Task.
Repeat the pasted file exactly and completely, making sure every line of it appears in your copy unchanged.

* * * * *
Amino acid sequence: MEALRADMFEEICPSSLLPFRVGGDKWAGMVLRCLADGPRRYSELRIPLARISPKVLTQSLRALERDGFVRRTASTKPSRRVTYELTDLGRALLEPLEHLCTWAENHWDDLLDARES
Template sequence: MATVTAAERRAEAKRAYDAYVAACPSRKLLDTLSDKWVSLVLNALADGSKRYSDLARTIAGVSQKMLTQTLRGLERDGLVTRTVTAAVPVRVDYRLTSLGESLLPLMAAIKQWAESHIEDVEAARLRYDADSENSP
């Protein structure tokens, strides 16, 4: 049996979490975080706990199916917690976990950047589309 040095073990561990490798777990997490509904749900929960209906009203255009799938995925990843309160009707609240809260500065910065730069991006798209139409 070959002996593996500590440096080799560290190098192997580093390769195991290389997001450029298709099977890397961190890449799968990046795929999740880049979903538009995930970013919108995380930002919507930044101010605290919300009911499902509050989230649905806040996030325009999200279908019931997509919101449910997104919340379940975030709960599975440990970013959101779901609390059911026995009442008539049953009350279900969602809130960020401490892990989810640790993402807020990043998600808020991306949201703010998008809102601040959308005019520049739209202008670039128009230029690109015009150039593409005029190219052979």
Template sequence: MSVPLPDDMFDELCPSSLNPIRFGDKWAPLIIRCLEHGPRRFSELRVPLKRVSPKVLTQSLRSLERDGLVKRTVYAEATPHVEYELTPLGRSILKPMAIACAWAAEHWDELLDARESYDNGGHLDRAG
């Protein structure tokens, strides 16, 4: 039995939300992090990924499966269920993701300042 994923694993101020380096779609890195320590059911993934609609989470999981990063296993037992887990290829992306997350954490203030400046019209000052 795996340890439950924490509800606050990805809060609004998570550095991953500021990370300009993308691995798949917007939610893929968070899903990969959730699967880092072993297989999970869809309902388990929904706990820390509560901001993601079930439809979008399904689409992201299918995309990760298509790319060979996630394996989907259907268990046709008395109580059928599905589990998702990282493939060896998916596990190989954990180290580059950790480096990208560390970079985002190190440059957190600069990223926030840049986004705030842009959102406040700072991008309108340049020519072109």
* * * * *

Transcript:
Amino acid sequence: MEALRADMFEEICPSSLLPFRVGGDKWAGMVLRCLADGPRRYSELRIPLARISPKVLTQSLRALERDGFVRRTASTKPSRRVTYELTDLGRALLEPLEHLCTWAENHWDDLLDARES
Template sequence: MATVTAAERRAEAKRAYDAYVAACPSRKLLDTLSDKWVSLVLNALADGSKRYSDLARTIAGVSQKMLTQTLRGLERDGLVTRTVTAAVPVRVDYRLTSLGESLLPLMAAIKQWAESHIEDVEAARLRYDADSENSP
């Protein structure tokens, strides 16, 4: 049996979490975080706990199916917690976990950047589309 040095073990561990490798777990997490509904749900929960209906009203255009799938995925990843309160009707609240809260500065910065730069991006798209139409 070959002996593996500590440096080799560290190098192997580093390769195991290389997001450029298709099977890397961190890449799968990046795929999740880049979903538009995930970013919108995380930002919507930044101010605290919300009911499902509050989230649905806040996030325009999200279908019931997509919101449910997104919340379940975030709960599975440990970013959101779901609390059911026995009442008539049953009350279900969602809130960020401490892990989810640790993402807020990043998600808020991306949201703010998008809102601040959308005019520049739209202008670039128009230029690109015009150039593409005029190219052979």
Template sequence: MSVPLPDDMFDELCPSSLNPIRFGDKWAPLIIRCLEHGPRRFSELRVPLKRVSPKVLTQSLRSLERDGLVKRTVYAEATPHVEYELTPLGRSILKPMAIACAWAAEHWDELLDARESYDNGGHLDRAG
């Protein structure tokens, strides 16, 4: 039995939300992090990924499966269920993701300042 994923694993101020380096779609890195320590059911993934609609989470999981990063296993037992887990290829992306997350954490203030400046019209000052 795996340890439950924490509800606050990805809060609004998570550095991953500021990370300009993308691995798949917007939610893929968070899903990969959730699967880092072993297989999970869809309902388990929904706990820390509560901001993601079930439809979008399904689409992201299918995309990760298509790319060979996630394996989907259907268990046709008395109580059928599905589990998702990282493939060896998916596990190989954990180290580059950790480096990208560390970079985002190190440059957190600069990223926030840049986004705030842009959102406040700072991008309108340049020519072109």